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### Messages - Victor Ivrii

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31
##### Chapter 2 / Re: Transport Equation Derivation
« on: January 24, 2022, 05:46:09 AM »
Then your best shot would be
• either to ask during Prof Kennedy's Office hours
• or to formulate the problem and define everything  (that is $u, v, S, \tilde{S}$) here by yourself without screenshots
My guess that it is a continuity condition.

32
##### Chapter 2 / Re: Transport Equation Derivation
« on: January 19, 2022, 05:06:34 AM »
It would be really helpfull if you explained where you took this from (if online TextBook--then section and equation number, if lecture then which lecture and which part).

33
##### Chapter 2 / Re: Week 2 Lec 1 (Chapter 2) question
« on: January 17, 2022, 07:48:38 PM »
Now it is correct $x=Ce^{t}$ and then $C=?$

34
##### Chapter 1 / Re: chapter 1 Problem 4 (1)
« on: January 17, 2022, 01:29:44 AM »
Display formulae are surrounded by double dollars and no empty lines. Multiline formulae use special environments (google LaTeX gather align

35
##### Chapter 1 / Re: home assignment1 Q3(1),(2)
« on: January 16, 2022, 05:47:56 PM »
OK. Remarks:

1. Do not use $*$ as a multiplication sign!
2. Do not use LaTeX for italic text (use markdown of the forum--button I)
3. Escape ln, cos, .... : \ln (x) to produce $\ln (x)$ and so on

36
##### Chapter 1 / Re: Classification of PDEs
« on: January 14, 2022, 01:47:15 PM »
Yes, all linear are also semilinear and all semilinear are also quasilinear. For full mark you need to provide the most precise classification. So, if equation is linear you say "linear", if it is semilinear but not  linear you say "semilinear but not  linear" and so on,... "quasilinear but not  semilinear" and "non-linear and not quasilinear".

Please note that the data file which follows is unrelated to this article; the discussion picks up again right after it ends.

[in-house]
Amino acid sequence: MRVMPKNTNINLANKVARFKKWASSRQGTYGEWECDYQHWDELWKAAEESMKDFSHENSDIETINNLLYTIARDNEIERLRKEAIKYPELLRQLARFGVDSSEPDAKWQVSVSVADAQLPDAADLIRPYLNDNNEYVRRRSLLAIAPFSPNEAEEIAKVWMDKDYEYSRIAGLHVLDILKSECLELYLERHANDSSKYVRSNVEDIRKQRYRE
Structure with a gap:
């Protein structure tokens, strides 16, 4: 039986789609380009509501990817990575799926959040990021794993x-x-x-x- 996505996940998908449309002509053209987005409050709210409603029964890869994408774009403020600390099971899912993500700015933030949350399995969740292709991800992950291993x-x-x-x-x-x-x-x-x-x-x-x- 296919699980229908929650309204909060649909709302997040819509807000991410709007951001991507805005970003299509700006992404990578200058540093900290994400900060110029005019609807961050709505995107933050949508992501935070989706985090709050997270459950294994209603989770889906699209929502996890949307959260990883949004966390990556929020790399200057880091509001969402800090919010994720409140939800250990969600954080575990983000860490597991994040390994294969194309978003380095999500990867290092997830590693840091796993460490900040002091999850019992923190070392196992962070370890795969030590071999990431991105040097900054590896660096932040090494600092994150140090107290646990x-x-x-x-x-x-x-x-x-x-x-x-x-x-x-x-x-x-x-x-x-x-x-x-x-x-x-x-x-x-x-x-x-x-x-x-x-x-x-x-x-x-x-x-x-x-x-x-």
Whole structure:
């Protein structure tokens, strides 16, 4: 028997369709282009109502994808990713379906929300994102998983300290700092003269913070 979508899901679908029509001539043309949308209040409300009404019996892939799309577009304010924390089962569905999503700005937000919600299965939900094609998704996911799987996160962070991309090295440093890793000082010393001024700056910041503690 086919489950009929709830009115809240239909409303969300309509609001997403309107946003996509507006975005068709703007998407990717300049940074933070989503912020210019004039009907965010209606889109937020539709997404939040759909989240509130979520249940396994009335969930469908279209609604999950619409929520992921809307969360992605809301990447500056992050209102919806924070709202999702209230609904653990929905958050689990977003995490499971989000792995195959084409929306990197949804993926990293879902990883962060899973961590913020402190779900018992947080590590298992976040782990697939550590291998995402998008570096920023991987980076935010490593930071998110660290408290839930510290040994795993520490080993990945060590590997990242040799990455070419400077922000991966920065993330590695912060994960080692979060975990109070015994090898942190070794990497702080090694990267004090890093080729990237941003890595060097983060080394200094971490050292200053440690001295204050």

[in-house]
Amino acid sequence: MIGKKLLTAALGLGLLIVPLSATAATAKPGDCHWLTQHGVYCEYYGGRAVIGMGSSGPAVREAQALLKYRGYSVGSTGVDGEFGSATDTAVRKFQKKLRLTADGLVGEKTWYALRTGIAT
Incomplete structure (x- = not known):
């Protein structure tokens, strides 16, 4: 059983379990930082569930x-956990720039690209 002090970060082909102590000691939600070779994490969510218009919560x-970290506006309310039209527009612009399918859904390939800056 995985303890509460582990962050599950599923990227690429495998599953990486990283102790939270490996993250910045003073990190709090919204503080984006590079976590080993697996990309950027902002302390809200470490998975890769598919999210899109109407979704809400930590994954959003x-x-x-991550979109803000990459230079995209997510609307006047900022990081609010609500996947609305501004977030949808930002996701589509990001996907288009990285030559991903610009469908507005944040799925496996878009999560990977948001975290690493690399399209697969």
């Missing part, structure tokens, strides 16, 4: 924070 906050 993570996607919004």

37
##### Chapter 1 / Re: Classification of PDEs
« on: January 14, 2022, 02:45:57 AM »
In particular, the definition of a linear PDE, from the textbook, is: $au_{x}+bu_{y}+cu-f=0$, where $f= f(x,y)$. However, if we simply move the the $cu$ to the right-hand side, we get: $au_{x}+bu_{y}=f-cu$. Now, define $g(x,y,u) = f(x,y)-cu$, then $au_{x}+bu_{y}=g(x,y,u)$, and the right-hand side now depends on lower-order derivatives, so by definition, it's quasi-linear. Could someone help identify the issue with this argument?
First, it will be not just quasilinear, but also  semilinear. Second, it will also be linear since you can move $c(x,y)u$ to the left

Good job, you mastered some $\LaTeX$ basics. 38
##### Chapter 1 / Re: Second Order canonical Form
« on: January 13, 2022, 07:24:23 PM »
We replace differentiation by $x$, y$by multiplication on$\xi,\eta$. So$\partial_x^2 \mapsto \xi^2$(just square); as a result senior terms like$Au_{xx}+2Bu_{xy}+ Cu_{yy}$are replaced by quadratic form$A\xi^2+2B\xi\eta+C\eta^2$. In the Linear Algebra you studied quadratic forms, right? And you know that • if$AC-B^2 >0$the canonical form is$\pm (\xi^2+\eta^2)$(as$\pm A>0$) • if$AC-B^2 <0$the canonical form is$ (\xi^2-\eta^2)$, • if$AC-B^2 =0$, but at least one of coefficients is not$0$the canonical form is$\pm \xi^2$. 39 ##### Test-2 / Re: Test-2 problem-1 confusion regarding boundary conditions « on: March 07, 2021, 04:12:41 AM » Solution is allowed to be discontinuous. 40 ##### Chapter 3 / Re: Rouché's Theorem « on: December 12, 2020, 06:25:05 PM » You need to indicate that there are no zeroes on$\gamma$41 ##### Chapter 7 / Re: Drawing phase portrait with complex eigenvalues question « on: December 01, 2020, 08:46:13 PM » "How ellipses wouls look like" means the directions and relative size of their semi-axis. See frame 4 of MAT244_W8L3 handout 42 ##### Chapter 4 / Re: Section 4.4 Past Final Exam Question « on: November 22, 2020, 05:19:33 AM » There could be misprints 43 ##### Chapter 4 / Re: General Question related to something in Section 4.1 « on: November 13, 2020, 12:54:44 PM » For higher order equations it is covered in MAT244-LEC0201-W6L2 (see modules). It is mandatory material. 44 ##### Chapter 4 / Re: 4.2 question 28 « on: October 25, 2020, 01:13:50 PM » you need to write it, if you hope for any answer 45 ##### Test 1 / Re: 2020TT1 Deferred Sitting #1 « on: October 15, 2020, 08:17:16 AM » Indeed, instead of$\log(\pm w)$with$+2\pi mi$we write$\log(w)$with$+\pi mi$since$\log (-w)=\log(w)+\i i\$

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